Hurricane Katrina Anniversary Stirs Memories

Vineyard Residents Who Helped Vividly Recall Battered Region


During the eight years that former West Tisbury teaching assistant Jill Dresser (who is my daughter) lived in New Orleans, the common refrain she heard was that it was a doomed city, a bowl that had sunk below water. Potholes were frequently seen gushing up water. Rain storms quickly became momentary afternoon floods. And there always was talk of The Big One.

Then it came, a year ago today: Hurricane Katrina. "On August 27 news of Katrina started floating by," Ms. Dresser said. "This was the Big One. As the hours passed, the jokes became less funny, the lightness faded, tensions took over. Fear set in. The levees had broken. The city was flooded."

Vineyarders were swept into the tragedy in myriad ways. Their experiences were life-altering, a powerful exposure to the wrath of nature and the warmth of humanity.  

For Ms. Dresser, it was time to leave. "After waiting, watching, crying, screaming, we left in separate directions," she said. "We didn't know when or where we would see each other again." 


When word of the devastation reached the Vineyard, Deborah Medders, executive director of the local Red Cross, began coordinating and training spontaneous volunteer recruits from the Island chapter. "We ended up deploying nine people," she said. "The Island was so overwhelming in its generosity, fundraising, training and human resource deployment."

One person who volunteered for the Gulf region was registered nurse Cynthia Farrington of Edgartown. "I needed to help out," Ms. Farrington said last week. "It was a terrible disaster, such an experience." She was there three weeks, working 12-hour to 14-hour days.

"These people were in a gymnasium, in cots right next to each other. A young man thought he was having a nervous breakdown: he had a crying baby on the right, a man in detox on the left, and someone trying to steal his cot." 

Ms. Farrington described New Orleans: "You wouldn't believe what I saw. From the ninth ward, it was like the end of the world - and this was four weeks after Katrina. There were dead animals, cars rammed into houses. The number of dead bodies was spray painted on houses. It looked like a war zone."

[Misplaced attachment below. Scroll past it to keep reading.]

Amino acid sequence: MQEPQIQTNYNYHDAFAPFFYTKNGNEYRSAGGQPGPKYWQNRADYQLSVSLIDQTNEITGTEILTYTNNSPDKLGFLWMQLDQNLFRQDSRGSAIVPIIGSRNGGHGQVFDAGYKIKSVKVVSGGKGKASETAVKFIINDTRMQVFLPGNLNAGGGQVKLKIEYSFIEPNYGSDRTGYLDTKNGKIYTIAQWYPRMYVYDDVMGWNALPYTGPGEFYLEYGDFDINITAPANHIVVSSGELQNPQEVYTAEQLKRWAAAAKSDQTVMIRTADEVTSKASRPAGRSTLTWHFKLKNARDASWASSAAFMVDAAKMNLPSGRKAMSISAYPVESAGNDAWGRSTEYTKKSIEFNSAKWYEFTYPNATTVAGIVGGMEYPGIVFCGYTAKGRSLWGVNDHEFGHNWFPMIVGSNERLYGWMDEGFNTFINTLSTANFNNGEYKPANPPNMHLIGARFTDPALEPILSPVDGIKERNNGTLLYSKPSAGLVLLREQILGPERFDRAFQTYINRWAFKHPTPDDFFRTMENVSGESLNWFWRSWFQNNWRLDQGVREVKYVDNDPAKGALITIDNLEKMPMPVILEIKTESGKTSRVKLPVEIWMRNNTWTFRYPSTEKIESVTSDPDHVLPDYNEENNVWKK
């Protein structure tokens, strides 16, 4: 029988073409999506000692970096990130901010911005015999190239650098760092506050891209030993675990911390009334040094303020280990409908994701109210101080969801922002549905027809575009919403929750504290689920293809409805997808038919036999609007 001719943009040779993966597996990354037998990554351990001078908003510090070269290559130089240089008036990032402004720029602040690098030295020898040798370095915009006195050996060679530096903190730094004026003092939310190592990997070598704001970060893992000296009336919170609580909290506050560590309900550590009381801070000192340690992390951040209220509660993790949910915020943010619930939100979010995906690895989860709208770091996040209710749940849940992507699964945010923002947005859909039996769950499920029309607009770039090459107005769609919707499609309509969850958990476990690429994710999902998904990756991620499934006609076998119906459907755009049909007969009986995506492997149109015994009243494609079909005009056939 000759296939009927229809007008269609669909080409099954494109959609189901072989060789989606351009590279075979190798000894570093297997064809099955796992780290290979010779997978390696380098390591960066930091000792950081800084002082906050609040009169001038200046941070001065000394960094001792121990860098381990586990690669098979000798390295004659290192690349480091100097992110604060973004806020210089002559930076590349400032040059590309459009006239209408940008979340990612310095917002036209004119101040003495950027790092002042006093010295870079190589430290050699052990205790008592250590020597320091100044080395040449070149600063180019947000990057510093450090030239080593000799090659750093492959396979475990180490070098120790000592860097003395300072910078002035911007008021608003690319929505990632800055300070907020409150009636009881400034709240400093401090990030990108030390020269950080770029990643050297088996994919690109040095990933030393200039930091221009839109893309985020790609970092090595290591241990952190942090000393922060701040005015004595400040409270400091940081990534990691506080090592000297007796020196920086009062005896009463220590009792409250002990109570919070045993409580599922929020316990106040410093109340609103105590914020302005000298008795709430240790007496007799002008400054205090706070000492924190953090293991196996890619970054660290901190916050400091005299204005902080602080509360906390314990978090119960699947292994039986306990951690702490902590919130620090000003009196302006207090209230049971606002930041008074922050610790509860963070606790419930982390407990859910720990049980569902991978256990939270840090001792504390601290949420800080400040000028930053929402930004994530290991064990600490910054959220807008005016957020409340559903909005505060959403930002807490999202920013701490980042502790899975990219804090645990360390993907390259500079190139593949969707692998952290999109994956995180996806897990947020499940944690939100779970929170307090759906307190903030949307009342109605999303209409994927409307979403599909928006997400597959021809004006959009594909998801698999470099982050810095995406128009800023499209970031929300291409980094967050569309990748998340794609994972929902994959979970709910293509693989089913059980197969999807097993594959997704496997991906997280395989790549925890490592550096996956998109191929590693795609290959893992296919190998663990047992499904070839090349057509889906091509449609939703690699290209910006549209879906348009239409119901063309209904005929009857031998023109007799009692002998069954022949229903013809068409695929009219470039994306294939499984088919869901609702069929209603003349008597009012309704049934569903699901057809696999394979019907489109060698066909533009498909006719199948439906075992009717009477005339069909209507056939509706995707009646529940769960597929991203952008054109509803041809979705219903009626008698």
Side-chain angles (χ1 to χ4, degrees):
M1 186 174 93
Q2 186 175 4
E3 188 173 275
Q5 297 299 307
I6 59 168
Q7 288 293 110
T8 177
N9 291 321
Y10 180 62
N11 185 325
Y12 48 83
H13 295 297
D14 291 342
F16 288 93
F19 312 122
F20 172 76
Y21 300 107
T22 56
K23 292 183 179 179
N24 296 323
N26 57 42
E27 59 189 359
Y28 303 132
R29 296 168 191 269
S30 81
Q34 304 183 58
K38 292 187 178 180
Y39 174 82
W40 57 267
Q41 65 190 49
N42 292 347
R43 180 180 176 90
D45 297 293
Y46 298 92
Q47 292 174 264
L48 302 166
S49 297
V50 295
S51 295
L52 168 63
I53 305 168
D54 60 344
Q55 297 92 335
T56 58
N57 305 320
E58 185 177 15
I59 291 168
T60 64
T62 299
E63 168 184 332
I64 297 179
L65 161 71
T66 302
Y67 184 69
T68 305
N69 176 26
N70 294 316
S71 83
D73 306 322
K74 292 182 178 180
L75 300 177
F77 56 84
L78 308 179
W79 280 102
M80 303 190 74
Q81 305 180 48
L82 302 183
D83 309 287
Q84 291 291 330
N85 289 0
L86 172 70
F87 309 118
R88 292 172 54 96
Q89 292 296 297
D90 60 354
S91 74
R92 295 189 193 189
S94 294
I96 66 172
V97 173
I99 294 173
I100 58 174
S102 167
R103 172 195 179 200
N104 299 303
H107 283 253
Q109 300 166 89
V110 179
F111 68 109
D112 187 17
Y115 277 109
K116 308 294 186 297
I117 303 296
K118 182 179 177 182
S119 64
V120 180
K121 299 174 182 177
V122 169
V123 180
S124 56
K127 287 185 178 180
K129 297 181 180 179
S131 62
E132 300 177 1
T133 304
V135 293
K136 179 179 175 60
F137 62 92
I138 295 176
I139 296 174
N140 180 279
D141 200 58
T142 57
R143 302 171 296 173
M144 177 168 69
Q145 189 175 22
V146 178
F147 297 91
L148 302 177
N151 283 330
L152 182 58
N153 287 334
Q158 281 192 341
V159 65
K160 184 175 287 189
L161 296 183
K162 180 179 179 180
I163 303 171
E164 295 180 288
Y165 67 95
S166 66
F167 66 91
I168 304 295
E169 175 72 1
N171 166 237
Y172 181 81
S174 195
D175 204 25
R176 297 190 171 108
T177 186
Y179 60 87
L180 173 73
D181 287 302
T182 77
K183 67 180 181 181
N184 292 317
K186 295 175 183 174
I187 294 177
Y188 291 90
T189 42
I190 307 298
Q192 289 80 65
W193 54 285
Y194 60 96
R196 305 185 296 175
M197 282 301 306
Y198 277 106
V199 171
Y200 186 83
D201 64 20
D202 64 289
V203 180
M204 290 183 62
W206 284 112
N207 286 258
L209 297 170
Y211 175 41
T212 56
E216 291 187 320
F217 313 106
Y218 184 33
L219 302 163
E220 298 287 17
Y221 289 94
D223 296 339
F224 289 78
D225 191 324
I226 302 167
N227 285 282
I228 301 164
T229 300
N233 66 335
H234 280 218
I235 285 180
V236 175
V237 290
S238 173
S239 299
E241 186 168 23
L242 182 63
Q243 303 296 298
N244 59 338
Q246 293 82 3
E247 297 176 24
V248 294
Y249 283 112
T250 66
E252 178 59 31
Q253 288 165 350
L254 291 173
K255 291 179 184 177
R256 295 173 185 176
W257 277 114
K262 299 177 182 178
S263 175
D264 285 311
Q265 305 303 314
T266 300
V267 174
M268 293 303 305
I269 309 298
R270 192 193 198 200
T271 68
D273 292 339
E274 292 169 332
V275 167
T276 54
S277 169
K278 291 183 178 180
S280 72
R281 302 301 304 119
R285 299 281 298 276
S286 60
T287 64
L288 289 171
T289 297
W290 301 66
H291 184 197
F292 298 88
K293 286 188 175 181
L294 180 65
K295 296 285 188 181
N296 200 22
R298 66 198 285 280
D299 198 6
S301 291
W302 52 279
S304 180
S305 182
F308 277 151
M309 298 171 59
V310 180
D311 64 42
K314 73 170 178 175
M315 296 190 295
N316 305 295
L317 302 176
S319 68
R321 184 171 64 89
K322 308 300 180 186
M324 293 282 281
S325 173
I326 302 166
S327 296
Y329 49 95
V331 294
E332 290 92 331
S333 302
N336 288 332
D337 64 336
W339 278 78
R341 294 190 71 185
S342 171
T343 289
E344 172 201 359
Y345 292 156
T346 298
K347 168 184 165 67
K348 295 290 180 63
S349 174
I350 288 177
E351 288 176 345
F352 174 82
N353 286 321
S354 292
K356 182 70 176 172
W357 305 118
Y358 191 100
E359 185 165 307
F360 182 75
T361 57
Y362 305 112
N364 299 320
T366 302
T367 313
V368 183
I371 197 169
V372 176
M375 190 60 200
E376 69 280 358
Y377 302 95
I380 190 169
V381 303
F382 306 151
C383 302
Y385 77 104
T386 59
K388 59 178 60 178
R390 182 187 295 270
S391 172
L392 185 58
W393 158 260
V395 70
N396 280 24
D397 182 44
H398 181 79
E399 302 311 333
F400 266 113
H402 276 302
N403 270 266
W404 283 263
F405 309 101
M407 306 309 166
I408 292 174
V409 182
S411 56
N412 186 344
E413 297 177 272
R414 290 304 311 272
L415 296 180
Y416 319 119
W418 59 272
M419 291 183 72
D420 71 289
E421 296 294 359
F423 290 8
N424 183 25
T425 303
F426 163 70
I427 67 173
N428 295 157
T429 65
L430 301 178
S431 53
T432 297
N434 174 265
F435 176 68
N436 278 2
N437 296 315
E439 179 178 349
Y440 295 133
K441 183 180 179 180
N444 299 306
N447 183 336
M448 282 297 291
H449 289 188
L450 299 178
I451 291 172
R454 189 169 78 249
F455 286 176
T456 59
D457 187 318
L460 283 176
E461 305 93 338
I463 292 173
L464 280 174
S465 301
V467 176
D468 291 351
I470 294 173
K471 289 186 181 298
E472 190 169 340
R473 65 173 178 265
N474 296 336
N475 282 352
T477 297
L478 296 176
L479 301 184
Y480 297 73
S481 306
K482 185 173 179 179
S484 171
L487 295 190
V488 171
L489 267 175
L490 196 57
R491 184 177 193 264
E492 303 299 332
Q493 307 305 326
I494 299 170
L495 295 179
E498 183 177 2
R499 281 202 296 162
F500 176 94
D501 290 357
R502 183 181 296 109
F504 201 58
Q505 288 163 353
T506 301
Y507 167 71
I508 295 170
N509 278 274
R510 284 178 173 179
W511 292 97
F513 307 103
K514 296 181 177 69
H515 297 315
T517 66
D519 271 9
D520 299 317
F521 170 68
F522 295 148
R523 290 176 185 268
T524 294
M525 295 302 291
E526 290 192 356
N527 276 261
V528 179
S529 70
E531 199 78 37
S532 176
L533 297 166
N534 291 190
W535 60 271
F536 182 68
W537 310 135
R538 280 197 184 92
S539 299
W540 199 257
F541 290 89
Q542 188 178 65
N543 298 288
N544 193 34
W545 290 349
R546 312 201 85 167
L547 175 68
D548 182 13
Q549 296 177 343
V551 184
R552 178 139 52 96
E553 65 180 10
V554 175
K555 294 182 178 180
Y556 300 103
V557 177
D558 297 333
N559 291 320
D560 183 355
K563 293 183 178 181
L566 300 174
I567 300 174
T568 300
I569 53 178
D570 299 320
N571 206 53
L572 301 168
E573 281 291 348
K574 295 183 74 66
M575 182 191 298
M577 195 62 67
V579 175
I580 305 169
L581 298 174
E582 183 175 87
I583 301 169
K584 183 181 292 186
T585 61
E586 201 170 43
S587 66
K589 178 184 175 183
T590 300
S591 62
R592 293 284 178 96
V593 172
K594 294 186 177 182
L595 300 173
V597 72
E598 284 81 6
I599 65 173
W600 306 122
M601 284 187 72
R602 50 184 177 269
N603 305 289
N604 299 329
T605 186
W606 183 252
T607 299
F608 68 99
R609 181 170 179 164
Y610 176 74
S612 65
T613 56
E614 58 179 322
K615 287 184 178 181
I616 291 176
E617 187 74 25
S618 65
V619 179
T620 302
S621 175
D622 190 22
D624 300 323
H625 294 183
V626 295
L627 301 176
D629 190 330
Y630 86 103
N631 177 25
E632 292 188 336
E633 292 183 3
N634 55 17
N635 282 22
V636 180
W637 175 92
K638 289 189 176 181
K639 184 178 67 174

Vineyard volunteer Jim Pepper explained what he saw in e-mails home: "Houses on their sides, with no foundation anywhere in sight. There are places where cars were blown and floated into piles that look liked a kid's toy box, with trees and building debris mixed in. Cars look like they had been put into a blender. Trees were piled like pickup sticks everywhere. There is no place that the storm didn't impact. East New Orleans is a ghost town. I've seen homes crushed into unrecognizable piles of rubble. Everywhere you go has a sort of Third World feel."

In the shelter, he said, "it's like living in a beehive."

His job was logistical management for field kitchens. He wrote of the work: "Everywhere, people are working to make things right. And I'm amazed by the commitment and level of effort of the volunteers here."


Mr. Pepper was moved by what he saw. "When Mother Nature meets human nature, we're all touched.

"Lots of nice things happened to me during my travels in Mississippi. I feel a little teary about all that it means to leave this incredible event in my life. I saw it and still can't put the scale in perspective."

In November 2005, Ms. Dresser retrieved her belongings in New Orleans. "I flew back. The city was closed up. Military police walked the streets. Block after block sat in abandoned darkness. Roads were closed. The devastation was kept behind police barricades. The open roads were lined with refrigerators with cryptic messages: ‘R.I.P. New Orleans;' ‘Thanx 4 da memories.'"